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Paracrine Adenoviral Delivery of Therapeutic Payloads for Cancer Therapy


Hartmann, Karen Patricia. Paracrine Adenoviral Delivery of Therapeutic Payloads for Cancer Therapy. 2024, University of Zurich, Faculty of Science.

Abstract

Adenoviral vectors are the most commonly used delivery vectors for clinical gene therapy due to their favorable characteristics: (i) they do not integrate into the host cell genome and thus harbor a reduced risk of insertional mutagenesis, (ii) they efficiently transduce dividing and non-dividing cells, and (iii) they have a large packaging capacity allowing large and/or multiple cargo delivery. However, site-specific gene delivery in vivo is still compromised because of the endogenous adenoviral tropism and interactions with the host immune system.

To overcome this limitation, our research group developed a generic adenoviral de-/retargeting system consisting of a designed ankyrin repeat protein (DARPin)-based adapter mediating cell-specific transduction and a single-chain variable fragment (scFv)-based vector shield. In an autocrine delivery approach, efficient cancer drug delivery to tumor cells could previously be demonstrated in vivo by applying tumor cell marker-specific DARPin adapters to the adenoviral vector. Building on this approach, we then aimed to expand our system and enable alternative targeting strategies to further improve the efficacy of targeted vector delivery.

The aim of this thesis was to retarget a human adenovirus serotype 5 (HAdV5)-derived vector to stromal cells in the tumor microenvironment in order to deliver therapeutic biomolecules to the tumor microenvironment (TME). The therapeutic biomolecules, initially encoded by the adenoviral vector, would thus be produced by the transduced stromal cells and locally secreted into the TME, where they could exert their anti-tumorigenic effect. This should increase the therapeutic efficacy, reduce off-target effects, and prevent systemic toxicities. Since stromal cells are genetically more stable than tumor cells, in some cancers also more abundant than tumor cells, and theoretically not affected by the vector-encoded cancer drug, we anticipated this paracrine delivery approach to harbor several advantages over the existing, tumor cell- targeted autocrine delivery approach.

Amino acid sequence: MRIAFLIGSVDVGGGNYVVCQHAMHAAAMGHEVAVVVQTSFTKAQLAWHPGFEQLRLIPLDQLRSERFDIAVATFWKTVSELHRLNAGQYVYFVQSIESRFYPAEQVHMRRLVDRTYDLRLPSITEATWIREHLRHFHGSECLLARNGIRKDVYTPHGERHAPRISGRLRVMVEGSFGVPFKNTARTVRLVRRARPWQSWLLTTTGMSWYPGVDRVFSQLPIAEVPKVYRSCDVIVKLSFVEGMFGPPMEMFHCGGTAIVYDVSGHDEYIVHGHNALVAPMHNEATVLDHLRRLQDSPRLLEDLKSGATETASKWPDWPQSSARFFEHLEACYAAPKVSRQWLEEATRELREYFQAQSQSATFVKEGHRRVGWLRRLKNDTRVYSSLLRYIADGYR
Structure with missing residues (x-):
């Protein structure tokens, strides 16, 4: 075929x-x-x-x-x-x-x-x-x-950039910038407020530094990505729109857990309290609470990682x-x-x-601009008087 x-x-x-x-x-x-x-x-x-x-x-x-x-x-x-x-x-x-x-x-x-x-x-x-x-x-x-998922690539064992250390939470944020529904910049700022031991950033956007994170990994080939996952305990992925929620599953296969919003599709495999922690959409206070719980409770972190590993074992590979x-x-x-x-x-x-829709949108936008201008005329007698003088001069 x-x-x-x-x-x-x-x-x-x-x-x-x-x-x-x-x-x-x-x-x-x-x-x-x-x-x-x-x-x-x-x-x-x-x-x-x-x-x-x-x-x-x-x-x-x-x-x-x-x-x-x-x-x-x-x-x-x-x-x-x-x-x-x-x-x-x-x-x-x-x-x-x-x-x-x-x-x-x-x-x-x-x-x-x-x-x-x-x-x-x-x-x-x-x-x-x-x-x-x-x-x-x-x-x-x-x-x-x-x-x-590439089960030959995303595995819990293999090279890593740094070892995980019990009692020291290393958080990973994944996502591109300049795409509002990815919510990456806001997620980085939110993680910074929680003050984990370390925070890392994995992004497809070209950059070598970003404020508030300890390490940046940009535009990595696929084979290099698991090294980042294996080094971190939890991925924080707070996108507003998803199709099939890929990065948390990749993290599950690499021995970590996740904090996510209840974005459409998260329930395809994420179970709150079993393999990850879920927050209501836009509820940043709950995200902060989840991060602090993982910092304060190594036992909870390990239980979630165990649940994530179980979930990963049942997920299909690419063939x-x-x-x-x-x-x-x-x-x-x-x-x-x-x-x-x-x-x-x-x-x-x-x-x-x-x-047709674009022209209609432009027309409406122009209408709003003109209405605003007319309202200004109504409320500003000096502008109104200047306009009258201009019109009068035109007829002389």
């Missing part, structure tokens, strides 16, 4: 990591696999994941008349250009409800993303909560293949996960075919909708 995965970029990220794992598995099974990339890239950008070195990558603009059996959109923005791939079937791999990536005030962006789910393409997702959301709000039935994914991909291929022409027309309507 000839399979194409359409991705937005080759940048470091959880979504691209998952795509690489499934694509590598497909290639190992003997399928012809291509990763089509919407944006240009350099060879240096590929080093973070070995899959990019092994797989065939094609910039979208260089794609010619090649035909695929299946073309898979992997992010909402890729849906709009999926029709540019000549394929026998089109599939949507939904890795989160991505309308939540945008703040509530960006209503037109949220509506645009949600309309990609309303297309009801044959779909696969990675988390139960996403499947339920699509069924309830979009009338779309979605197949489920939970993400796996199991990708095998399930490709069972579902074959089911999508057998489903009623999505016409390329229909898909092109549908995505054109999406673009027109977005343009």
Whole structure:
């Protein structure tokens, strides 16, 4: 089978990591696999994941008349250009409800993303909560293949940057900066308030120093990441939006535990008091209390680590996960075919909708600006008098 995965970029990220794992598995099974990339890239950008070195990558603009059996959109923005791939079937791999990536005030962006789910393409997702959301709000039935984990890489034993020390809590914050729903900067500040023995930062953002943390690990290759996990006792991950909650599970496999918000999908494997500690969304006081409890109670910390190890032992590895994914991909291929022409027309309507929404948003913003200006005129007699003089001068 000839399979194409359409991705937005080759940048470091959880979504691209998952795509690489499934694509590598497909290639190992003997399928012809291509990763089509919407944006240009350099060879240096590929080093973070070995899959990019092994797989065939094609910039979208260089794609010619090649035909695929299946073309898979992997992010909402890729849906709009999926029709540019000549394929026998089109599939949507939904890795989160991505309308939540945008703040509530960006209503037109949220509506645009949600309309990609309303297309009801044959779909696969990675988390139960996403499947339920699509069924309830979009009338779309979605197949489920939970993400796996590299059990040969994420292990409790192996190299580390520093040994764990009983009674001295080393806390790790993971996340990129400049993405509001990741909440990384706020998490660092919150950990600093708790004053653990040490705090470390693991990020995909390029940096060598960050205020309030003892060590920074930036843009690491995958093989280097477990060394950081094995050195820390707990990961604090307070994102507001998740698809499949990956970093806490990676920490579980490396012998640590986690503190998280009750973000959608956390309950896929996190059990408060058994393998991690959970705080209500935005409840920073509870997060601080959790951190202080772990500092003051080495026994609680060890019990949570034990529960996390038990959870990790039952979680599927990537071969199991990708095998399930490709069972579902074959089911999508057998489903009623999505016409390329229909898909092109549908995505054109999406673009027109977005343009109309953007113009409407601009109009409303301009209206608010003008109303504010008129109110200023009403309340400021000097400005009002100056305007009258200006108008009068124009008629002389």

In the main part of this thesis (presented in chapter three and Hartmann et al., 2023), the stromal cell-targeted paracrine adenoviral delivery of cancer therapeutics to the TME is presented. To realize the project, a suitable stromal target for adenoviral retargeting, namely fibroblast activation protein (FAP) on cancer-associated fibroblasts (CAFs), was first identified. Aiming to generate FAP-specific adenoviral retargeting adapters, ribosome display selections were performed to obtain FAP-specific DARPins, which were then utilized as targeting domain in the previously developed bispecific modular adapter. Biologically functional adapters capable to successfully mediate retargeting of HAdV5 to CAFs via FAP were subsequently selected in a cell-based screening approach. These adapters were characterized in great detail for several binding characteristics (including binding kinetics, potential binding epitopes, and cross-reactivity to human/mouse FAP), and tested in vitro for specificity and selectivity using various target and non-target cell lines. HAdV5-based vector retargeting to CAFs was furthermore investigated in vivo using a selected, human/mouse FAP cross-reactive adapter and a suitable mouse model of cancer which had been established before. In these in vivo studies, efficient vector retargeting to CAFs by the FAP-specific adapter was demonstrated. Using the same mouse model of cancer, adenoviral delivery of a therapeutic monoclonal antibody with anti-tumor activity to CAFs could subsequently be investigated in vivo, and showed to be successful as evidenced by reduced tumor growth. Importantly, the therapeutic effect of the monoclonal antibody was superior when encoded and delivered by the FAP- retargeted adenoviral vector than when administered directly as recombinant protein. Altogether, it was thus demonstrated that retargeting of HAdV5-based vectors via FAP-specific adapters enables an efficient, stromal cell-targeted paracrine delivery of anti-cancer therapeutics to the TME.

In addition to developing the stromal cell-targeted adenoviral vector for a paracrine cancer drug delivery, it was also possible to contribute to other research projects dealing with the retargeting of HAdV5-based vectors for cancer therapeutic applications.